Yeah, maybe I didn't hear enough of their oldest stuff. I have the albums as MP3. But I just couldn't force myself to listen through the entire Front by front album. Gimme 1993 heavy-rave-jungle-beat Front242 instead
Posted: Sat Jan 12, 2008 9:27 pm
You should check out Geography their first album from 82. It's my fav.
I was never a fan of their later stuff. I much preferred their earlier sound.
Posted: Sat Jan 12, 2008 11:03 pm
Yeah, Geography is really great if alittle rough around the edges. Much of that album was recorded on a 4-track! This is the first track of that album:
Bitexion, most Front fans would, I believe, regard the Front By Front album as belonging to Front's middle or late period. They certainly never got poppier than this:
I agree, that is a bit Depeche-y. But surely this classic from 85 isn't!
Posted: Sun Jan 13, 2008 2:35 am
I really love that era in that last vid.. but the chanting gets a bit three stoogish or mark brothers in retrospect lol ha ha ho ho hee hee hawee.....
but, I love it. and the up evil alblum.
i think at their origins they were just minimal / dark synthpop. which makes sense you know they were just taking what they had and made it into something else.. but then later they were influneced by 2 unlimited of all people .lol
Posted: Sun Jan 13, 2008 2:38 am
I WANNA SCREAM, I WANNA JUMP FOR JOY AND I WANT EVERYONE TO KNOOOOOOOOW
Posted: Sun Jan 13, 2008 5:25 am
So I'm not talking out my a*s, I'm only going to mention the stuff I know for sure:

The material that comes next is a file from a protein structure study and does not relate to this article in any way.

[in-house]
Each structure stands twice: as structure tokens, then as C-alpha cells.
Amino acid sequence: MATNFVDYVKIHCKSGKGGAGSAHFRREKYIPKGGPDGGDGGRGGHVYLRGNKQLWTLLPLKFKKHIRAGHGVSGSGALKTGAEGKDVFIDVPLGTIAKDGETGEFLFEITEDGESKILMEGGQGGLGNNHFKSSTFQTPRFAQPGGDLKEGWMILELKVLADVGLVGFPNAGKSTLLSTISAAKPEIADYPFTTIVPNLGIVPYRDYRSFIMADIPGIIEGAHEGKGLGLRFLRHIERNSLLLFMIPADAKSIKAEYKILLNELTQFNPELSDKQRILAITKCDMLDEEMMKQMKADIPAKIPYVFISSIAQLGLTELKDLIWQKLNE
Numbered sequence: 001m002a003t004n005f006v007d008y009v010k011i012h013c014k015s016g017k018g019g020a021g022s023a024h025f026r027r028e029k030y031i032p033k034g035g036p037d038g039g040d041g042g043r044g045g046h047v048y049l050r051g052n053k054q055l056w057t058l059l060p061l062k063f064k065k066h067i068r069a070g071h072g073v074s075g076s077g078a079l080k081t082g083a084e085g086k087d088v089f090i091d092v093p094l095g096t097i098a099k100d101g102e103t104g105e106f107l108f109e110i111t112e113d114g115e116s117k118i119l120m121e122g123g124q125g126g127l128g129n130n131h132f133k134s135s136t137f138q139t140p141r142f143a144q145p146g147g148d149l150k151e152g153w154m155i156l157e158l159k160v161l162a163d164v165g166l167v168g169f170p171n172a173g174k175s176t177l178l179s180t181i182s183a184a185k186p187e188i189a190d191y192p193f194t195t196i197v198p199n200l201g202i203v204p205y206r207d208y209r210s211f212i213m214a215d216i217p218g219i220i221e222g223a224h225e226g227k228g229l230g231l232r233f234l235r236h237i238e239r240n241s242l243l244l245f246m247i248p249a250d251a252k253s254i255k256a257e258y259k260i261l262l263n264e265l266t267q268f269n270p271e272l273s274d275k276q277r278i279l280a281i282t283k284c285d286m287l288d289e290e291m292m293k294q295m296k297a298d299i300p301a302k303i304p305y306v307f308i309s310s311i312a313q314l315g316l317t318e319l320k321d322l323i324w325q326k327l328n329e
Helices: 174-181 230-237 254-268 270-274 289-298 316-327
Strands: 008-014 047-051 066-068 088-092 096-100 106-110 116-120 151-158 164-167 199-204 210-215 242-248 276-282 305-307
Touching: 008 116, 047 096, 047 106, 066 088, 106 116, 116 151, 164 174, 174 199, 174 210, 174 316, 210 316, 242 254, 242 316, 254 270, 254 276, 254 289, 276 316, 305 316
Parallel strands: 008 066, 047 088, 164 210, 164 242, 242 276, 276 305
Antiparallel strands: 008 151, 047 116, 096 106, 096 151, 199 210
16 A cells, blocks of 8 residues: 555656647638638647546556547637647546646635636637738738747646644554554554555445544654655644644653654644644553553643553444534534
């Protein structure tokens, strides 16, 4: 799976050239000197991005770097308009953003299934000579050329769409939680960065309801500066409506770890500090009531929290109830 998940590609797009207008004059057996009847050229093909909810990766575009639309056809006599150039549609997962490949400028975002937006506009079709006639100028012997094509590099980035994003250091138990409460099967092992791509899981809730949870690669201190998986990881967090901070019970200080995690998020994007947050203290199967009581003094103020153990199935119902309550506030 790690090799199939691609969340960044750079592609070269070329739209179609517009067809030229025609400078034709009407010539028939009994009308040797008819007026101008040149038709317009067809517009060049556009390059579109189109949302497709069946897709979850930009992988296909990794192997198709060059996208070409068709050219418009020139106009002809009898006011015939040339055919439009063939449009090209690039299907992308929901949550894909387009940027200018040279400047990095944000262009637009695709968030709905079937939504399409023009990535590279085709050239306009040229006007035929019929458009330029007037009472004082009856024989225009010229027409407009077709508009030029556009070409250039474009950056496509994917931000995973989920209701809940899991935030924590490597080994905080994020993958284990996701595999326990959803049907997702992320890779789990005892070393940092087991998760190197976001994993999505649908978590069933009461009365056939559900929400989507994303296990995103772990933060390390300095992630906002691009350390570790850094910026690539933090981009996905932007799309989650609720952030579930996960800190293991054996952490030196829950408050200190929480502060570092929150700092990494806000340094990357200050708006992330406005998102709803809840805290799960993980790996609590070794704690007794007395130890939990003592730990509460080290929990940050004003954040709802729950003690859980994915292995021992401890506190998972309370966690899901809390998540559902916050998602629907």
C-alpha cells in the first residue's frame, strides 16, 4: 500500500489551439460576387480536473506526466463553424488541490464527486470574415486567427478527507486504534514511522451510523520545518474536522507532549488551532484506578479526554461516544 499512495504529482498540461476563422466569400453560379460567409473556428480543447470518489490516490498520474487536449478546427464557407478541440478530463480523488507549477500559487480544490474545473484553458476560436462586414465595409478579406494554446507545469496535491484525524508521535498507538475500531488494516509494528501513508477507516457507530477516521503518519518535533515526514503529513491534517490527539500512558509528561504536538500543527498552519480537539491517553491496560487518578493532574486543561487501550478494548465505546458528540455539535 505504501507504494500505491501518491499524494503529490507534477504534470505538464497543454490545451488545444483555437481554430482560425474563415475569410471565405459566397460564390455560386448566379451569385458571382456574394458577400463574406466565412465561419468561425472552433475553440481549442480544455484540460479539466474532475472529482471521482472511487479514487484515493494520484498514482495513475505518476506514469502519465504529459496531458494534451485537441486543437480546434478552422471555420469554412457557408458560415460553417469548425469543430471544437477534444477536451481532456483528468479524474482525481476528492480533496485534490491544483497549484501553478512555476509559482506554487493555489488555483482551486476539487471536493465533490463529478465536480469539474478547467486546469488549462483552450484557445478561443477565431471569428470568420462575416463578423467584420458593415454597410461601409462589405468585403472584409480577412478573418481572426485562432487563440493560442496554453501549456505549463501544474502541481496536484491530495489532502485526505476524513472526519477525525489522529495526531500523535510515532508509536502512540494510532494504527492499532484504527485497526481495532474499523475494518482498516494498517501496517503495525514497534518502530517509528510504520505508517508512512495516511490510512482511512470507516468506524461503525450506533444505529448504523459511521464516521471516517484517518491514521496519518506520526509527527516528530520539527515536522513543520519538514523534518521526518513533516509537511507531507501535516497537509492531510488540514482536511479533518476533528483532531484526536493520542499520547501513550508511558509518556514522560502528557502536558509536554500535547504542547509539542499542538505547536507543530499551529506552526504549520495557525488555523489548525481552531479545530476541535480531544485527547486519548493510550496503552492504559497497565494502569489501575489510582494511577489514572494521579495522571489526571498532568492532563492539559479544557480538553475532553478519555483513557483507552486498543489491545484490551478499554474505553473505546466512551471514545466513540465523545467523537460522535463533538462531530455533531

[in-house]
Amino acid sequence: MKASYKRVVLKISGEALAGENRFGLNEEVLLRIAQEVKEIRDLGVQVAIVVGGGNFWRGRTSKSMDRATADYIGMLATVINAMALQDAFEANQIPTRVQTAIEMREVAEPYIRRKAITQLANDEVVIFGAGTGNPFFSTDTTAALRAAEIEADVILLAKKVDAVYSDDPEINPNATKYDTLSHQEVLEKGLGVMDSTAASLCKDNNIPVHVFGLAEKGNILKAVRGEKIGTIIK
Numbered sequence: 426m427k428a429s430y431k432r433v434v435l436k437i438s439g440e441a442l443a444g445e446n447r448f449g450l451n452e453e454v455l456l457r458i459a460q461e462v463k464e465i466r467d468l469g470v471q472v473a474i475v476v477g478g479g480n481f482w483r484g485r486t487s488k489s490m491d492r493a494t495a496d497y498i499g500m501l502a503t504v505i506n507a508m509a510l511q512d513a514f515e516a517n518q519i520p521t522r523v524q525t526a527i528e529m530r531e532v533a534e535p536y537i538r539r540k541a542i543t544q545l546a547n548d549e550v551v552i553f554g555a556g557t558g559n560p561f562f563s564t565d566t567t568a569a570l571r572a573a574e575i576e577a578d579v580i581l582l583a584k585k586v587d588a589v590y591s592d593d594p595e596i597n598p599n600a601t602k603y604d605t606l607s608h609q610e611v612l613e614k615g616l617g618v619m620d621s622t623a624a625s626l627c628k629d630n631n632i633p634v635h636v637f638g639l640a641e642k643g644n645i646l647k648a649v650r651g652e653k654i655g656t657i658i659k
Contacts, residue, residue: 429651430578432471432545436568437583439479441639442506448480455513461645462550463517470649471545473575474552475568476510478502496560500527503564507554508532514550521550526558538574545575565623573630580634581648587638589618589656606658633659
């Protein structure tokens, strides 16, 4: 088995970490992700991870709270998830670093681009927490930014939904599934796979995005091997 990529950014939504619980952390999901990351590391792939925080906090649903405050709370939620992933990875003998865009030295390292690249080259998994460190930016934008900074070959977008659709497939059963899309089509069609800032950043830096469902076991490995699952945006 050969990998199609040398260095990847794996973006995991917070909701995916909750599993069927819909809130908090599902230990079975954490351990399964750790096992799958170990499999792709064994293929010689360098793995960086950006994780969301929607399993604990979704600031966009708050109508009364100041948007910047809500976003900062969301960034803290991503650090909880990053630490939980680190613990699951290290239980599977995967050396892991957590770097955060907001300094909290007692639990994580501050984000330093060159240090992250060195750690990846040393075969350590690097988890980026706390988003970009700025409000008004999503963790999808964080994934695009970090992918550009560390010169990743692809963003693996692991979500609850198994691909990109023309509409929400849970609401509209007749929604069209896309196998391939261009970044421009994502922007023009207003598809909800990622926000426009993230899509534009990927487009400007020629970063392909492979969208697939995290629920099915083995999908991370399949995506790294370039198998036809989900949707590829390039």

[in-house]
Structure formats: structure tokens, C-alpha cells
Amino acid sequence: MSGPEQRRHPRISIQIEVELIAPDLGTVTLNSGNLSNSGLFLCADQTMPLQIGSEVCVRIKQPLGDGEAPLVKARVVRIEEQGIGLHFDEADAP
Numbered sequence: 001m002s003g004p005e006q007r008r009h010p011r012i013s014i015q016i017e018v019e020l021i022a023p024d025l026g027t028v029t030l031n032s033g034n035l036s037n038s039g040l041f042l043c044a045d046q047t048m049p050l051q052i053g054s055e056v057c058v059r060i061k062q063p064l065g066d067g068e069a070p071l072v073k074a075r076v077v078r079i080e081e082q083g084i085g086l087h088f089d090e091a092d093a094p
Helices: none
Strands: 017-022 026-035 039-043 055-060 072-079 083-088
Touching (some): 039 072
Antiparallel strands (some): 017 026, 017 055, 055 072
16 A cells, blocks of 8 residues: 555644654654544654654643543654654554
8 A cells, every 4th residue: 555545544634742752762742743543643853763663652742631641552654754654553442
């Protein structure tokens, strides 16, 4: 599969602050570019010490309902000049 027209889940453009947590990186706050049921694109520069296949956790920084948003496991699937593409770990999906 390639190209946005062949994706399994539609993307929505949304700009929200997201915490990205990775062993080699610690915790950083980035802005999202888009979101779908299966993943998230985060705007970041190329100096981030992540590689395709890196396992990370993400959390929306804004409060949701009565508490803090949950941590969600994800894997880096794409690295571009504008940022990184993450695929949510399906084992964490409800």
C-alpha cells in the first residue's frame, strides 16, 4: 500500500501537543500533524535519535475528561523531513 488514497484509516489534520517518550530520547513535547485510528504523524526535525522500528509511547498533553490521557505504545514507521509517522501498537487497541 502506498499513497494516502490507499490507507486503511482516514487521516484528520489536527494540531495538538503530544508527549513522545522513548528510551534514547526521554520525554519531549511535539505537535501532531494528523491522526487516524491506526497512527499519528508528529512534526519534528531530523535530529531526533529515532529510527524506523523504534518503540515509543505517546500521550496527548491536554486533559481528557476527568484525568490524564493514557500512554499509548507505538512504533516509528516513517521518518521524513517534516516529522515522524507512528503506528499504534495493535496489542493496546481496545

Official Version/Front By Front: tons of DX7 (easy to recognize) and Emulator II (also easy to hear)... don't know what they used for analog... probably the CS40.
Tyranny For You: tons of Ensoniq VFX (that's what's doing all the big evil sounds, as well as the "twinky" noises up top; that's one patch!). You can hear DX7 (bass on Gripped By Fear), and surely they were still using Emulator II's (maybe updated to Emaxes or Akais).
Up Evil/Off: tons of Korg Wavestation, and the DX7's were updated to Yamaha TG77's. Drums are mostly E-mu Procussion, and by this time they had defnitely dumped the E-mu samplers for Akai S-1100's.
I saw them on the Up Evil tour, and Daniel B. just stood at a the mix board with a laptop running Cubase, with the Wavestation A/D, TG77, Procussion and S-1100.
Now for the interesting part...
Back in the early 90's, I worked for a company called Sound Source Unlimited. They were one of the big synth patch companies (used to have double page spreads in Keyboard mag). I managed to meet Daniel B. at that show, told him about the company, and I ended up trading him a bunch of patches. He gave me pretty much ALL of his soundbanks for DX7, TG77, Wavestation and VFX, so me and my fellow 242 fanatic at Sound Source had all their patches. We were pretty stoked! (my friend had a VFX and a TG77, and I had a Wavestation).
p.s. pleeeze don't ask me for the patches... they're on a Mac floppy someplace in a format I probably can't decipher now :>)
Posted: Sun Jan 13, 2008 10:08 am
on a related note, i e-mailed a huge list of bands i wanted my brother-in-law to listen to, and here's what he e-mailed back:
"i listened to all the bands you sent me the other day. the ones i really liked are..."
"...the winner for the worst of all, was front 242. i didnt like them at all lol."
...actually, he's older than me by a couple years, but now that i think about it, 242 can be a bit of an acquired taste. they flip-flop between aggressive and cheesy at the drop of a hat. 'course, that's why i like 'em!
Posted: Sun Jan 13, 2008 2:50 pm
I used to be a huge fan of 242 back when I was in high school. Not so much anymore, but I still think Tyranny is one of the best industrial/ebm albums of all time.
Posted: Sun Jan 13, 2008 3:41 pm
I just found this gearlist for Front 242's debut album "Geography" (1982):
Roland system 100 (101, 102, 104)
Roland system 100m
Roland jupiter 4
Synton syrinx (I'm not really sure they used one on this album)
Live they additionally used a PPG Wave 2